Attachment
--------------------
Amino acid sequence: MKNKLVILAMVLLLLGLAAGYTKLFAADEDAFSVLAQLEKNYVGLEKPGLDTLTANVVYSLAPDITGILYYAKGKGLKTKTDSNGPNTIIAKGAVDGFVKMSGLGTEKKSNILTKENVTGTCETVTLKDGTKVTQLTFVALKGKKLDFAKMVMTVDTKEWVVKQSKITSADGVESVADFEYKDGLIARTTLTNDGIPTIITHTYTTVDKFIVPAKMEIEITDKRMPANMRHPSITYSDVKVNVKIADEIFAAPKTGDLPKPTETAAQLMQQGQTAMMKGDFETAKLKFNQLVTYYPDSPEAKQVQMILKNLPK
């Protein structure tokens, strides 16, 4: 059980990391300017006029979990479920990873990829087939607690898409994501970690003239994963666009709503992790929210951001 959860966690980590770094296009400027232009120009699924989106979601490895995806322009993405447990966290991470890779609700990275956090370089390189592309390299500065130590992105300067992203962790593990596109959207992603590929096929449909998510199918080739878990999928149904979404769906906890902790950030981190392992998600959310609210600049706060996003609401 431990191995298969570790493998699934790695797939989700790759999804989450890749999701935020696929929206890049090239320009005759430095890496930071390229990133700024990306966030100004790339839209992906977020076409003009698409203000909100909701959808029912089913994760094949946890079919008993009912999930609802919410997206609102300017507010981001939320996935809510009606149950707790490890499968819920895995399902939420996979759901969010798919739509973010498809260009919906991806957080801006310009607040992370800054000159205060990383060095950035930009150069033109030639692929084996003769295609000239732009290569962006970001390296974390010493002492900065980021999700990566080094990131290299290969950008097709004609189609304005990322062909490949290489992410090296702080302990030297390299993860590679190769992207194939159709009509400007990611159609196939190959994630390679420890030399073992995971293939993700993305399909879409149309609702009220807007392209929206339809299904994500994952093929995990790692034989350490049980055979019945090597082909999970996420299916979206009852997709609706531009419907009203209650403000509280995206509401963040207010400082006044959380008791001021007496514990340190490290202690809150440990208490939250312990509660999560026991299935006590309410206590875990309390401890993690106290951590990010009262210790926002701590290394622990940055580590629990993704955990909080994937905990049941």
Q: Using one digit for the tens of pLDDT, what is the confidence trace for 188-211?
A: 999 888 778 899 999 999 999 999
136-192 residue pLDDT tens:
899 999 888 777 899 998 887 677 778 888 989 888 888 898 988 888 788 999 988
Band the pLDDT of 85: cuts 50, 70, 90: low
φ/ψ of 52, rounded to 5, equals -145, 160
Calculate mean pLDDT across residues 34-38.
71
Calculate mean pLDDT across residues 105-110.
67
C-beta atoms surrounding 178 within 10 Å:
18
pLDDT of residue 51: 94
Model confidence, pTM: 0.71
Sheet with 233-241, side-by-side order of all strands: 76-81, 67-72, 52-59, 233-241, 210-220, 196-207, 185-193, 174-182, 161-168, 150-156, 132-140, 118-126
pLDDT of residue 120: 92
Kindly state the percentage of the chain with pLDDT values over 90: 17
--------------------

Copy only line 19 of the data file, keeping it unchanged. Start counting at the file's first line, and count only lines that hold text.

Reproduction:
Kindly state the percentage of the chain with pLDDT values over 90: 17